I’ve struggled with my weight since 4th grade when my teacher, Ms. Willis, had us do some sort of science experiment that involved us stepping on scales and weighing each other. It was a sort of weird, twisted form of torture where, once we were weighed, we had to announce our weight to the class and organize ourselves from skinniest to most obese. Ok, maybe that wasn’t the real intent, but it sure as hell felt like it, especially since I was one of the top 3 fattest kids in the class.
Over the last 17 years, my weight has fluctuated drastically. When I started at Ithaca College, I gained the “Freshman
15 30″ because I spent most of my freshman year holed up in my room, crying and eating, eating and crying, and cursing out life because college sooooooo wasn’t what I thought it would be. I finally made a great group of friends, who became my roommates, and allowed me to learn how to put myself out there; things got better.
In my junior year, I discovered the gym.
By senior year, I had gone from an awkward and plump, pimple-faced, self-conscious young lad with an affinity for oversized sweat shirts to a slimmer guy with budding muscles and an affinity for fitted polo’s.
During that time, I felt more alive, hyper-aware of everything, and thus my creativity piqued/peaked.
When I graduated, I fell into a bit of a slump, which saw a slight weight gain brought about by depression: I was still in the closet, couldn’t get a job to save my life, and hated my grad school program. I was trying to transfer to the New School and while waiting for a response, decided to travel out west for a few months to cleanse my system.
I lost weight.
I gained weight (thank you, In-N-Out Burger).
I came home, lost some more weight, started my first year at the New School, then gained a lot of weight because I was living in Manhattan as a closeted man who wanted nothing more to experience LIFE, yet was still too afraid.
Even though I lived in NYC, I still wasn’t comfortable in my own skin.
In fact, I was more paralyzed than ever.
I hit an all-time low during that year when I thought I was in love with the straight guy I was living with and realized that, of course, he couldn’t/wouldn’t reciprocate. I wasn’t getting my Master’s in Rocket Science, but you would think that this would not have been such a heavy realization.
You’d be wrong. I certainly was.
So I moved back home, re-discovered the gym, and started going at least 5 times per week.
I dropped weight quickly, and by May, I was back to my former slim self. I had come out to my best friend and I was putting myself out there in the dating world. On May 3rd, 2010, I started dating, and now we’ve been together for over three years.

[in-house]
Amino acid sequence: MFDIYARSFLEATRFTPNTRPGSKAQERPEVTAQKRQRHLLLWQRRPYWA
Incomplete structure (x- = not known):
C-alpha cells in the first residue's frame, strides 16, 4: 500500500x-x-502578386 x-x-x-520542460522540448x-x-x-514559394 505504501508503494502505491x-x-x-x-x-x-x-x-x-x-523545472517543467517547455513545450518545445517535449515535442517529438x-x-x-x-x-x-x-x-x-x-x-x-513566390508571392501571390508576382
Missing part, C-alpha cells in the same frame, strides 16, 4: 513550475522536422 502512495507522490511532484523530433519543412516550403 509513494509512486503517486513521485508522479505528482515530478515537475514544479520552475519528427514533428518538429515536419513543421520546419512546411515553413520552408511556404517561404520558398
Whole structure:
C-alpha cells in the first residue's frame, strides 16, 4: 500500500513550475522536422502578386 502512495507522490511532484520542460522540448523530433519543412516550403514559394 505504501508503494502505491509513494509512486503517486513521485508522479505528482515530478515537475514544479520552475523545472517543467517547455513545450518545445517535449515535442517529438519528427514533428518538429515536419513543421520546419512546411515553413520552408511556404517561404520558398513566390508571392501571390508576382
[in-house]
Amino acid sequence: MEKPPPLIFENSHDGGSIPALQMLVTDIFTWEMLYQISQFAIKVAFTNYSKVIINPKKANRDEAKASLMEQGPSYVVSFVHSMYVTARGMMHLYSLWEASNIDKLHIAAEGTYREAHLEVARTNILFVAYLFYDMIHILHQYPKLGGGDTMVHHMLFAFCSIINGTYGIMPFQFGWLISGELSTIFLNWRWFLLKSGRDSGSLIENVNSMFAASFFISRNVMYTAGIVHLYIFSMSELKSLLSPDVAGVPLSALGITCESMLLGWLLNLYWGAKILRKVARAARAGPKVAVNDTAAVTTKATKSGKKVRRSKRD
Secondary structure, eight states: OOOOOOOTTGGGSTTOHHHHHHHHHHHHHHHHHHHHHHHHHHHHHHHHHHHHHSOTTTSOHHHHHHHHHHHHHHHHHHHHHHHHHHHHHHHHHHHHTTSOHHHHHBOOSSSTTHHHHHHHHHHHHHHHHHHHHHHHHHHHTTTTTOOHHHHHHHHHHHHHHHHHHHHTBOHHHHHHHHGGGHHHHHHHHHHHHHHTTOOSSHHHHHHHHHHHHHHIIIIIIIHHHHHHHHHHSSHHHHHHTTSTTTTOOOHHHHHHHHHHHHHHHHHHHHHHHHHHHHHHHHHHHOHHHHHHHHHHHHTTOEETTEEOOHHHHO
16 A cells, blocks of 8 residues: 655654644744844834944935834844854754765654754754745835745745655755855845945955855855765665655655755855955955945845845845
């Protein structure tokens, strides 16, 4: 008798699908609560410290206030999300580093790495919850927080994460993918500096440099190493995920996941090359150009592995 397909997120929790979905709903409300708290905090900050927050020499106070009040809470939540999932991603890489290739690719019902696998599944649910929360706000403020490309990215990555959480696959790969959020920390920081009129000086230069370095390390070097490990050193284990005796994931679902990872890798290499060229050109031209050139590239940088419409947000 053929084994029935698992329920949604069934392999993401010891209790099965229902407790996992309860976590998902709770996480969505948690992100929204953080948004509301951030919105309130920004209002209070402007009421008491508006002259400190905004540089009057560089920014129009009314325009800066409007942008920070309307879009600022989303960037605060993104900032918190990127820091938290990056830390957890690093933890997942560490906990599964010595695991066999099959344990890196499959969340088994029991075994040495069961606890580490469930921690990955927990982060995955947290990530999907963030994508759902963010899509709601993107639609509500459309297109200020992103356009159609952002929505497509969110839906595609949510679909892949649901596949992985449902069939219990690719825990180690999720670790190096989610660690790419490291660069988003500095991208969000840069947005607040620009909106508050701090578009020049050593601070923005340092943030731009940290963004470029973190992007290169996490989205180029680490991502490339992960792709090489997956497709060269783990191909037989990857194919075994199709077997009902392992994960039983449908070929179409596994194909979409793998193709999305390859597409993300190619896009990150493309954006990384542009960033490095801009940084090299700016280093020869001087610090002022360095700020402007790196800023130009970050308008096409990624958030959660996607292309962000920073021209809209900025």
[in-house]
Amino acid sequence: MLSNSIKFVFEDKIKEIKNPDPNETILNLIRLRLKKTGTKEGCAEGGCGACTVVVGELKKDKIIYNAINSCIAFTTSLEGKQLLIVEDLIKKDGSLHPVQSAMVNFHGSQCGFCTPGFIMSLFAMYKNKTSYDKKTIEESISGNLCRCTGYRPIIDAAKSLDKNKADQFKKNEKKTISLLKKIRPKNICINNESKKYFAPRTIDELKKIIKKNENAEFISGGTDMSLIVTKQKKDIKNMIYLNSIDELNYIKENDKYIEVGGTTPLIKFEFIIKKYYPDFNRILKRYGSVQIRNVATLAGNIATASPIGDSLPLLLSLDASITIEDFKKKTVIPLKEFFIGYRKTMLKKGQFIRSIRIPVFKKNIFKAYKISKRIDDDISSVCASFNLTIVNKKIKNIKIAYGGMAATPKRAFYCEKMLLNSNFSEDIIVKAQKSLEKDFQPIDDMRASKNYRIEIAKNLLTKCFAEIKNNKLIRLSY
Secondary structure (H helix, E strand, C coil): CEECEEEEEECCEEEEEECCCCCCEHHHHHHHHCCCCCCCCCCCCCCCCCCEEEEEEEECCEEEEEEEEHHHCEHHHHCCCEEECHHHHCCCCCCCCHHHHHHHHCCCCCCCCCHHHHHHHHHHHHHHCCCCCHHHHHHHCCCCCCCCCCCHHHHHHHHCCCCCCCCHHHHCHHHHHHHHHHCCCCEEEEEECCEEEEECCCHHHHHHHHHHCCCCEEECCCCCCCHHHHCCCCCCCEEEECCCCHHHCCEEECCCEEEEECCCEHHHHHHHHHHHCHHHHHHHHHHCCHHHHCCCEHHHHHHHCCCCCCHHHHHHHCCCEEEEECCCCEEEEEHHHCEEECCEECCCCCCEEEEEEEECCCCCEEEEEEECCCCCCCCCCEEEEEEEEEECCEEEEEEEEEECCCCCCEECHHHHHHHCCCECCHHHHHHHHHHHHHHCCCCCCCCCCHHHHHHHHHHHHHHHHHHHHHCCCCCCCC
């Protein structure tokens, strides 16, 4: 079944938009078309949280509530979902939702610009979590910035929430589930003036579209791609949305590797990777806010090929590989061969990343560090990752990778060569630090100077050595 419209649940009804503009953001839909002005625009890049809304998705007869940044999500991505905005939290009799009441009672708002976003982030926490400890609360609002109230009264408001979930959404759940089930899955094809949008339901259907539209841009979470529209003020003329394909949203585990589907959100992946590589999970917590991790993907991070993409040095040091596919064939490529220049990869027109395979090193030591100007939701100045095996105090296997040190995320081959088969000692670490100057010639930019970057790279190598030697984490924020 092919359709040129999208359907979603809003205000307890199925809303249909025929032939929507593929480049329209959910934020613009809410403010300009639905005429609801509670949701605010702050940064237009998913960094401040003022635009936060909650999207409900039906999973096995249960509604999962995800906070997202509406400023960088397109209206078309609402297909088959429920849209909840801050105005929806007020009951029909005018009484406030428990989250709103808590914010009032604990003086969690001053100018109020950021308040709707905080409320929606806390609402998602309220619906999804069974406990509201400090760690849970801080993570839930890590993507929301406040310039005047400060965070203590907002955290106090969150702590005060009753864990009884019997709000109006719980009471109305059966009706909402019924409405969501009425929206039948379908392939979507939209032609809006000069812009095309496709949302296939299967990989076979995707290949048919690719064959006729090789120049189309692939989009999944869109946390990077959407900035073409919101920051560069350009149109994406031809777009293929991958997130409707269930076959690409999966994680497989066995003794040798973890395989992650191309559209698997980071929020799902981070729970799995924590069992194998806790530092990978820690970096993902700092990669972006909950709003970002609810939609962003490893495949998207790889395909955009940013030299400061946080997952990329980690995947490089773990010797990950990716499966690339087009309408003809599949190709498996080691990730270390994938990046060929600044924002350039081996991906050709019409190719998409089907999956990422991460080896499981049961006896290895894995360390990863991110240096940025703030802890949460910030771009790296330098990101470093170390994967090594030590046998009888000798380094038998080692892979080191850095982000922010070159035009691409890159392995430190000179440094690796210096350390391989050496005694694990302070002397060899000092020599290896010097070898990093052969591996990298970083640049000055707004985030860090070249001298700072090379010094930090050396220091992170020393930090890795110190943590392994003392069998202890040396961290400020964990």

That summer, my creativity hit a stride, and I finally figured out how to write the book that I’d been working on.
By the end of that summer, I was manorexic, consumed by the gym and healthy eating.
Then, sometime in the Spring of the following year, I started to slowly gain again. But this time, it was because I was happy. I didn’t quite care about my weight gain because everything else was lining up.
I might have let it get a bit out of control.
I’ve actually been thinking about going to Overeater’s Anonymous lately. No joke. It’s that bad. And I’ve noticed a dip in my creative energy. Not really my creative juices, but definitely my energy-levels. I used to be able to sit and write furiously for hours and hours, and if it just-so-happened to take me into the wee hours of the morning, so be it.
Now, I need my beauty-rest. I’m pretty sure that my weight has something to do with it. I mean, I feel like Violet Beauregarde from Charlie and the Chocolate Factory when she blows up into a giant blueberry. Somebody squeeze the fat out of me, please!
You know it’s bad when your mom, your biggest cheerleader, calls you up and goes: “That shirt you were wearing yesterday…you shouldn’t wear that. It made you look so big! Horizontal stripes don’t do anything for you.”
I think it’s time to do something about this.
A healthy body = healthy mind = healthy creativity. My writing can only stand to improve because I will feel better.
I definitely believe that there is a correlation between being healthy and levels of creativity. Not to mention the other benefits, like, oh, I don’t know, actually being healthy.
Consider this my own call-to-action. Consider this my wake-up call. Consider this a verbal contract between me, myself, and everyone who reads my blog: If I’m not the epitome of health by summer’s end, you have my permission to stone me in the town square, bible-style.